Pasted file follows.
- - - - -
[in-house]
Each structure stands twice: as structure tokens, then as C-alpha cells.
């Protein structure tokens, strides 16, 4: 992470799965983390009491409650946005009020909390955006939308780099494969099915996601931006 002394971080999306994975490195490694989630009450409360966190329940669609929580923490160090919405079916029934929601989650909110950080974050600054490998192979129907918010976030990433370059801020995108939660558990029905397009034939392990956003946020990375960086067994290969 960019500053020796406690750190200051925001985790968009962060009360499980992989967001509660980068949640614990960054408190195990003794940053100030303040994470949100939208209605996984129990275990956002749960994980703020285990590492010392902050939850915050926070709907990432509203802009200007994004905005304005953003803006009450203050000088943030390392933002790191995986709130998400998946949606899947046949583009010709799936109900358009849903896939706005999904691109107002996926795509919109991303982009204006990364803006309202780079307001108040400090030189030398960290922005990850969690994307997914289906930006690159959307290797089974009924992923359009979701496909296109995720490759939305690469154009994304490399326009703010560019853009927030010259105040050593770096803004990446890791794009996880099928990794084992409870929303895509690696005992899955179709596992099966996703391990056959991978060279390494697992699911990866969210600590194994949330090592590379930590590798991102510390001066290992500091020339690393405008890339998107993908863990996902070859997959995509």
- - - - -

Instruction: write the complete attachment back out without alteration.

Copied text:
[in-house]
Each structure stands twice: as structure tokens, then as C-alpha cells.
């Protein structure tokens, strides 16, 4: 992470799965983390009491409650946005009020909390955006939308780099494969099915996601931006 002394971080999306994975490195490694989630009450409360966190329940669609929580923490160090919405079916029934929601989650909110950080974050600054490998192979129907918010976030990433370059801020995108939660558990029905397009034939392990956003946020990375960086067994290969 960019500053020796406690750190200051925001985790968009962060009360499980992989967001509660980068949640614990960054408190195990003794940053100030303040994470949100939208209605996984129990275990956002749960994980703020285990590492010392902050939850915050926070709907990432509203802009200007994004905005304005953003803006009450203050000088943030390392933002790191995986709130998400998946949606899947046949583009010709799936109900358009849903896939706005999904691109107002996926795509919109991303982009204006990364803006309202780079307001108040400090030189030398960290922005990850969690994307997914289906930006690159959307290797089974009924992923359009979701496909296109995720490759939305690469154009994304490399326009703010560019853009927030010259105040050593770096803004990446890791794009996880099928990794084992409870929303895509690696005992899955179709596992099966996703391990056959991978060279390494697992699911990866969210600590194994949330090592590379930590590798991102510390001066290992500091020339690393405008890339998107993908863990996902070859997959995509």